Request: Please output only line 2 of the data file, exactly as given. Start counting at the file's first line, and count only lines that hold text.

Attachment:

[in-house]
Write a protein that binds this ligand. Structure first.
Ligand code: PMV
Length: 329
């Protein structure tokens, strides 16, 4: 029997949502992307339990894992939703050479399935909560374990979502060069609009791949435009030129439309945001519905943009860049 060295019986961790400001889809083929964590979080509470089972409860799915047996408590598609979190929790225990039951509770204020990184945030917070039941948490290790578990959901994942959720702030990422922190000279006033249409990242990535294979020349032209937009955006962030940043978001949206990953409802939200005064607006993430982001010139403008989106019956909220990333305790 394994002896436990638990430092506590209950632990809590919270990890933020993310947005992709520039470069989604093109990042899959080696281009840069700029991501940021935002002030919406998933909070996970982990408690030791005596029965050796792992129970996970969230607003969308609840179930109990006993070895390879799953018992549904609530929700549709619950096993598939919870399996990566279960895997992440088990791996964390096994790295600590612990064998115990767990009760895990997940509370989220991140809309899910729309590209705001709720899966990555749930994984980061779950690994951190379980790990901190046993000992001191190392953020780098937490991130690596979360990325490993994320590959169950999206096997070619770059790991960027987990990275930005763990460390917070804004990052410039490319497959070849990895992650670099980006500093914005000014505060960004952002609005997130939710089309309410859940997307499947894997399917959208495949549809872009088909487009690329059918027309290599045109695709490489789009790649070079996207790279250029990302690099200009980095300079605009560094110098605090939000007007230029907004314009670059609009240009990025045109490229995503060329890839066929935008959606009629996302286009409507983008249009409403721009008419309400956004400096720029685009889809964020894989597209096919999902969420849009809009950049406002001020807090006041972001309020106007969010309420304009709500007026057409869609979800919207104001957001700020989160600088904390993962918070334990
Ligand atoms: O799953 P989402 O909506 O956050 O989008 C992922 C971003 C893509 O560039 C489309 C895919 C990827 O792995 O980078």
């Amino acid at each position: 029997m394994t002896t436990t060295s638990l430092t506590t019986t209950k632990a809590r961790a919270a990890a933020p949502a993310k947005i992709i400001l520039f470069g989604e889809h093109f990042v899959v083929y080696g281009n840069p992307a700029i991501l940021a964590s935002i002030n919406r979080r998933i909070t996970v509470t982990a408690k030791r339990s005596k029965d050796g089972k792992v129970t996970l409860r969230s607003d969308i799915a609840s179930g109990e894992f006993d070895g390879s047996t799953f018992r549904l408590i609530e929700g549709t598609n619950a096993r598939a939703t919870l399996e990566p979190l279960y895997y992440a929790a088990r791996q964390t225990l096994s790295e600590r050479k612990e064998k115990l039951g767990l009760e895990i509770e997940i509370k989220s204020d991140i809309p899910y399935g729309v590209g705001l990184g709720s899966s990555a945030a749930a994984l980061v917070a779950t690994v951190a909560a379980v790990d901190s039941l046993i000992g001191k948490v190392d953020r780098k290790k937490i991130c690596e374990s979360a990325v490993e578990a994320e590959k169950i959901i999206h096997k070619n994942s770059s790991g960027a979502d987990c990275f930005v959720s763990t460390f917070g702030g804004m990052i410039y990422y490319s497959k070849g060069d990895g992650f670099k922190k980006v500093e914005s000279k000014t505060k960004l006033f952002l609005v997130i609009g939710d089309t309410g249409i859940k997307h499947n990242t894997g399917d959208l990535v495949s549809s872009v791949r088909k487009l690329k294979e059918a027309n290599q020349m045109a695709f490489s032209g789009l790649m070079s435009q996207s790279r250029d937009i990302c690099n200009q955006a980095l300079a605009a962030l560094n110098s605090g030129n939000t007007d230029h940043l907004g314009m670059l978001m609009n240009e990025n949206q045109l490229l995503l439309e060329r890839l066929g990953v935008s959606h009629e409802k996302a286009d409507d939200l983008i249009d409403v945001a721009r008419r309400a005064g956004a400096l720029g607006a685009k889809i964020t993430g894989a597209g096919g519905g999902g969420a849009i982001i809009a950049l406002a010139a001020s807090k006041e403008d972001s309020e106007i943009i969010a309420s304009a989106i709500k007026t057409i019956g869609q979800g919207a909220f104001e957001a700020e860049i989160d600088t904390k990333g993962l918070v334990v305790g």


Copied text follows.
Write a protein that binds this ligand. Structure first.